How Different Water Types Affect Oral Health

It’s a well-known fact that drinking plenty of water is vital for your oral health and your overall health. But which type of water is best for your teeth? It might surprise you to learn that from a dental perspective, not all types of water are created equal. Read on to learn how bottled water, tap water, and sparkling water affect your dental health.

Water being poured from a blue water bottle into a wavy glass cup

Bottled Water

Many Americans love bottled water because it is convenient, easily portable, free of contaminants, and able to be stored safely when unopened. However, there are some disadvantages to drinking solely bottled water. For one, bottled water is vulnerable to bacteria growth once the cap has been opened. For this reason, you shouldn’t drink water from a water bottle that has been opened for more than a day or reuse commercial plastic water bottles. Bottled water is also devoid of beneficial minerals like fluoride, which helps keep teeth healthy and strong through remineralization. If you’re a bottled water fan, we recommend finding other ways to make sure you’re getting enough fluoride exposure, either through supplementation or from a fluoridated toothpaste and a fluoridated mouthrinse, to help protect you against tooth decay.

A stream of fluoridated water streams from a kitchen faucet next to a bright window

Tap Water

Although some merely prefer the taste of bottled water to tap water, some patients worry that tap water is harmful. Typically, municipal tap water is safe to drink and very clean. Depending on the region of North America, tap water even contains varying levels of beneficial minerals like calcium, potassium, zinc, fluoride, and magnesium. But in some unfortunate instances, tap water can be highly chlorinated with a strange taste and smell, or can even be contaminated with trace amounts of arsenic, cyanide, lead, and mercury, which pose serious public health risks. Find out what’s in your tap water at the Environmental Working Group’s national tap water database! If you have concerns about the content of your drinking water, that’s understandable. There are abundant filtration options available to help remove impurities, and many of these filters remove the beneficial aspects, like fluoride, only in trace amounts.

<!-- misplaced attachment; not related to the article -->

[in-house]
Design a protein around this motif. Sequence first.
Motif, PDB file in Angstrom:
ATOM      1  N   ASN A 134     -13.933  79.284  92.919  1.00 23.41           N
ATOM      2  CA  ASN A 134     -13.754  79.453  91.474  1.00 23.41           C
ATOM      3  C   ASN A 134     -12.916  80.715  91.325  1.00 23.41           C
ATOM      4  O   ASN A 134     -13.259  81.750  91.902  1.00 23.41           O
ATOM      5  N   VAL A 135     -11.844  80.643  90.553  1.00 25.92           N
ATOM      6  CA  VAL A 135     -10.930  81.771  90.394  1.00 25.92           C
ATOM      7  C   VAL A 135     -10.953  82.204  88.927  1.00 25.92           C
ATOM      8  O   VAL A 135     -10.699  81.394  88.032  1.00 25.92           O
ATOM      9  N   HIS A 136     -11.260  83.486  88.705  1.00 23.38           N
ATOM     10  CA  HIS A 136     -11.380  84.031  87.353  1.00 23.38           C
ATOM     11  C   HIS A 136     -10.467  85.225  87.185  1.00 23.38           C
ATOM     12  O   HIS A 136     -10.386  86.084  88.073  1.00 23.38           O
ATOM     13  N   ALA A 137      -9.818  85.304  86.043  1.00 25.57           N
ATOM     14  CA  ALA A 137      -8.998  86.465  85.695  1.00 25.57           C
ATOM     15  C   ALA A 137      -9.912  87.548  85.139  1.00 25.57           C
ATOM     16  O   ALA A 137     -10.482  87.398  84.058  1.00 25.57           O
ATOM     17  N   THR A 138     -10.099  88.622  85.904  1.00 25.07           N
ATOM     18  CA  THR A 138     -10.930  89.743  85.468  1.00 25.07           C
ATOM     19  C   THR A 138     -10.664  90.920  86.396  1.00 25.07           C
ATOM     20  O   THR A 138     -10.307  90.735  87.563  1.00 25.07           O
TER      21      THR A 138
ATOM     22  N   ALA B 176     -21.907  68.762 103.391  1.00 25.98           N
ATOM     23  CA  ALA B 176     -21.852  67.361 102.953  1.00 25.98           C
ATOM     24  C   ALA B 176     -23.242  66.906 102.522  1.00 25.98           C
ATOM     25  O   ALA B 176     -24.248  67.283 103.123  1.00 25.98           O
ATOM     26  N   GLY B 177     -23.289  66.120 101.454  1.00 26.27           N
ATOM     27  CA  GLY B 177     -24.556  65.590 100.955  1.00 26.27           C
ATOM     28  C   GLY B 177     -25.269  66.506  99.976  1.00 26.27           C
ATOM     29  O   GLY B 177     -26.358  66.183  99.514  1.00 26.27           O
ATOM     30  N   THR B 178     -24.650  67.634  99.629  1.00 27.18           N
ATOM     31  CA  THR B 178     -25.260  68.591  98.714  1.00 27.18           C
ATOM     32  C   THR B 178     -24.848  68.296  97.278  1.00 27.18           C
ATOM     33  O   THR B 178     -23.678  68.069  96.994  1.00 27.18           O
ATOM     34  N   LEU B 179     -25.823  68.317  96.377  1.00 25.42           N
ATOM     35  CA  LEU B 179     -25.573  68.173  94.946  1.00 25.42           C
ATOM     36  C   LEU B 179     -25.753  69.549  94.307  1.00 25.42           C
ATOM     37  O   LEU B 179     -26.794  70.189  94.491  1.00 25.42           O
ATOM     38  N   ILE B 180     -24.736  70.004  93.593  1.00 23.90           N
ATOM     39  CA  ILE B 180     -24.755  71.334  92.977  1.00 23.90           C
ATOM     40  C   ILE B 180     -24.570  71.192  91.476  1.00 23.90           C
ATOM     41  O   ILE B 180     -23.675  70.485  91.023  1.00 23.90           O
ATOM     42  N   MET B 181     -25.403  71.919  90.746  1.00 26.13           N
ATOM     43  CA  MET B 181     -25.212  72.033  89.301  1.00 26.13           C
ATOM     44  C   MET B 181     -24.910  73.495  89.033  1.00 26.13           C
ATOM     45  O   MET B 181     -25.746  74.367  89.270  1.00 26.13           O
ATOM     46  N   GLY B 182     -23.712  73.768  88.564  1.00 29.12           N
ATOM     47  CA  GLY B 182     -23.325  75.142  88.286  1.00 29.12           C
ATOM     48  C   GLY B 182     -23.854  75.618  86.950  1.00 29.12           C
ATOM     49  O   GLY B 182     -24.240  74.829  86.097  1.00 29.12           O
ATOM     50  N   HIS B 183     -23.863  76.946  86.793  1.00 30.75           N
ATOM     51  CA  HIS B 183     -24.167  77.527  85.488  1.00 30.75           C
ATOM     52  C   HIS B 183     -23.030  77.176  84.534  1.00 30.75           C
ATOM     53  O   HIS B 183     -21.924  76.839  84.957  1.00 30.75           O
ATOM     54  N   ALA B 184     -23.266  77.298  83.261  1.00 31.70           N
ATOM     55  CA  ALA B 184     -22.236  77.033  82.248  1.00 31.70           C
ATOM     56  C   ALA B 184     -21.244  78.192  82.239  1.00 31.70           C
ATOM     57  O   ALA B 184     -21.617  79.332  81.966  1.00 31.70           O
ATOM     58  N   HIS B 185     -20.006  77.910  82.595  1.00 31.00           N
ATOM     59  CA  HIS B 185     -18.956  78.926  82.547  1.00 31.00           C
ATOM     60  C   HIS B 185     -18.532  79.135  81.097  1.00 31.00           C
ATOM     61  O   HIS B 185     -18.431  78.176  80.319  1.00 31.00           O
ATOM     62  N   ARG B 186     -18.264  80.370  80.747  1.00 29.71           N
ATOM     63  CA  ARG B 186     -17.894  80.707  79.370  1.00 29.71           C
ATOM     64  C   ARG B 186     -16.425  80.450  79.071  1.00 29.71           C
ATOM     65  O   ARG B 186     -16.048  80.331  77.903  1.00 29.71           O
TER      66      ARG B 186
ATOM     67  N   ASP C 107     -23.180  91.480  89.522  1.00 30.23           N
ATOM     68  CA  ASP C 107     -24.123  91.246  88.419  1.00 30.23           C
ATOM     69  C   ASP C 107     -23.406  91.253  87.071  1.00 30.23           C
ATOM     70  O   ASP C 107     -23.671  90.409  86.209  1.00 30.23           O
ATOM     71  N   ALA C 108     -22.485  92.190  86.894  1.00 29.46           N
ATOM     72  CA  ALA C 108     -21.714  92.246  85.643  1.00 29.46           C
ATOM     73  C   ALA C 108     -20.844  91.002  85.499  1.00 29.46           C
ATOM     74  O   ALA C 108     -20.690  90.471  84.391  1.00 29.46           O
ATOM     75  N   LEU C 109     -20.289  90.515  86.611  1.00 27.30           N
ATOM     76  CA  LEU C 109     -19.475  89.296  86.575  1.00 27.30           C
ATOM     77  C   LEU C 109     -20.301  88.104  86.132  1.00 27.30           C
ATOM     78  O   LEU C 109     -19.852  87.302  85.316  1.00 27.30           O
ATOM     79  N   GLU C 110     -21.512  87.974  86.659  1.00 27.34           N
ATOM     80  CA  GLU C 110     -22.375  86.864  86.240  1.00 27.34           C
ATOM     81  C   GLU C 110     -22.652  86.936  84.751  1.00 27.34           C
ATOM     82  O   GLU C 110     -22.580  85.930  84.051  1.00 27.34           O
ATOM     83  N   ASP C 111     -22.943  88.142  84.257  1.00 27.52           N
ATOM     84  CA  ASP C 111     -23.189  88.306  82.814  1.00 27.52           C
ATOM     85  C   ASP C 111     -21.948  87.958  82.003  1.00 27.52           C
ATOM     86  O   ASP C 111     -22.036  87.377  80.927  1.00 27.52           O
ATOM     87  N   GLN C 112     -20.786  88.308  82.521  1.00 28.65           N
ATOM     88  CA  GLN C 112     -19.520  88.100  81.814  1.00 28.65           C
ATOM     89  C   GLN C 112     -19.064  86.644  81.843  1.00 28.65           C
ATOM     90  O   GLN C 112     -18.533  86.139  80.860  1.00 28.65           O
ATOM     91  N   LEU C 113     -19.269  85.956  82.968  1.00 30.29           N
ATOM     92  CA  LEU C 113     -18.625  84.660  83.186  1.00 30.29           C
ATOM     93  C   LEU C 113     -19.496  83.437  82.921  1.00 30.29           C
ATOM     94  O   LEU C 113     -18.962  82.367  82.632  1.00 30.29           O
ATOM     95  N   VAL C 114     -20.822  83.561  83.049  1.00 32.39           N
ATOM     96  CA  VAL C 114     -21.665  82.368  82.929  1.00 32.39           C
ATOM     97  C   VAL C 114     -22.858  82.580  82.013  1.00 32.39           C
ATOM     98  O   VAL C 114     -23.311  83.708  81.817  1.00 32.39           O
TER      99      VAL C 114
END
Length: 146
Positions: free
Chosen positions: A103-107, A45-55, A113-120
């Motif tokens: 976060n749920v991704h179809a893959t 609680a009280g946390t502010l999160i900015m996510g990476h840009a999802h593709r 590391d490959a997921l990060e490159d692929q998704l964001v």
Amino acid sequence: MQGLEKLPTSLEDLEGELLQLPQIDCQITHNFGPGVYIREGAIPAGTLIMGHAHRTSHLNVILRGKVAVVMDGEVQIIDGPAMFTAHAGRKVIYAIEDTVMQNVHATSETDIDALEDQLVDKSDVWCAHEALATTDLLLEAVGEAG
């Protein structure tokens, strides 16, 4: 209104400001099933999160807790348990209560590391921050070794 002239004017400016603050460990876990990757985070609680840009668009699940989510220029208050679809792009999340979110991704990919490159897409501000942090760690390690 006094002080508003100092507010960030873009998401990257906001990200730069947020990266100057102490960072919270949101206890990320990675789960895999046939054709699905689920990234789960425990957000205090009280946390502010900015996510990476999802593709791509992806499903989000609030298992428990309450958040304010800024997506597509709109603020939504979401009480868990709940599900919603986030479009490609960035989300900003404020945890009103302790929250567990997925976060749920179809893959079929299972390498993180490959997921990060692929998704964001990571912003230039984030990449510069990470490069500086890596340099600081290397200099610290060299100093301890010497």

Aerial view of cans of La Croix sparkling water in a bin of melting ice water

Sparkling Water

In recent years, we’ve seen an increase in the consumption of sparkling water. While plain sparkling water is definitely better than sugary beverages like soda, sports drinks, and fruit juice cocktails, and tooth-discoloring beverages like coffee, wine, and alcohol, the carbonation and acidity of citrus-flavored or sugary sparkling water still leads to enamel damage. The carbonation in plain sparkling water won’t cause any additional enamel damage but, if possible, don’t let it entirely replace your drinking of fluoridated tap water. But do regularly choose plain sparkling water to stay hydrated over more damaging options, like the sugary, acidic, and staining beverages mentioned above, if you wouldn’t otherwise drink water.

Proper Preventive Oral Care

Whether you drink bottled water, filtered or unfiltered tap water, or plain sparkling water, all adults can benefit from brushing with a fluoridated toothpaste twice a day for two minutes each time and rinsing with a fluoridated mouthwash! Remember that kids under three years old with their baby teeth only need to use a grain-sized amount of fluoridated toothpaste, kids under six years old only need to use a pea-sized amount of toothpaste, and kids under six years old don’t need to use mouthwash unless recommended by a dentist. If you have additional questions about proper oral hygiene or healthy dietary choices, we are here to help. Contact us today to improve your oral health practices!

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